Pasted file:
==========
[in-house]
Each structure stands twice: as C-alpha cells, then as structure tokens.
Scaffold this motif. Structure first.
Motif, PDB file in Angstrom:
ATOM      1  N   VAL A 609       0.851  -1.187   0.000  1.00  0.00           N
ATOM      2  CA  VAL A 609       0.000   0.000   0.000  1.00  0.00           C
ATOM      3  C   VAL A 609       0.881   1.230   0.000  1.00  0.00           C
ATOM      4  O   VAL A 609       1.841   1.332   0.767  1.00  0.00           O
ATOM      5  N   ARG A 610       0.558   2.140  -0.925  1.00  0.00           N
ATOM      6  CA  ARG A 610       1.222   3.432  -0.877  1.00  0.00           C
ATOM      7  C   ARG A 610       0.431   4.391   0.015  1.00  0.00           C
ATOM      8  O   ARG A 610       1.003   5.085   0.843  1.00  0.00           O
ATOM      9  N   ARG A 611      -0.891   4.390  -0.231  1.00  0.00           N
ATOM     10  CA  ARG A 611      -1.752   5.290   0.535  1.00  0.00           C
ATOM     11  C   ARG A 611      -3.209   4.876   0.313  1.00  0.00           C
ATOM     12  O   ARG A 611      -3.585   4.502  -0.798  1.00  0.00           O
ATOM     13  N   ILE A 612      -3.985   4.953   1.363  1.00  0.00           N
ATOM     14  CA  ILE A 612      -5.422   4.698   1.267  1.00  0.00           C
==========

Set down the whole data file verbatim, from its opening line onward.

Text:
[in-house]
Each structure stands twice: as C-alpha cells, then as structure tokens.
Scaffold this motif. Structure first.
Motif, PDB file in Angstrom:
ATOM      1  N   VAL A 609       0.851  -1.187   0.000  1.00  0.00           N
ATOM      2  CA  VAL A 609       0.000   0.000   0.000  1.00  0.00           C
ATOM      3  C   VAL A 609       0.881   1.230   0.000  1.00  0.00           C
ATOM      4  O   VAL A 609       1.841   1.332   0.767  1.00  0.00           O
ATOM      5  N   ARG A 610       0.558   2.140  -0.925  1.00  0.00           N
ATOM      6  CA  ARG A 610       1.222   3.432  -0.877  1.00  0.00           C
ATOM      7  C   ARG A 610       0.431   4.391   0.015  1.00  0.00           C
ATOM      8  O   ARG A 610       1.003   5.085   0.843  1.00  0.00           O
ATOM      9  N   ARG A 611      -0.891   4.390  -0.231  1.00  0.00           N
ATOM     10  CA  ARG A 611      -1.752   5.290   0.535  1.00  0.00           C
ATOM     11  C   ARG A 611      -3.209   4.876   0.313  1.00  0.00           C
ATOM     12  O   ARG A 611      -3.585   4.502  -0.798  1.00  0.00           O
ATOM     13  N   ILE A 612      -3.985   4.953   1.363  1.00  0.00           N
ATOM     14  CA  ILE A 612      -5.422   4.698   1.267  1.00  0.00           C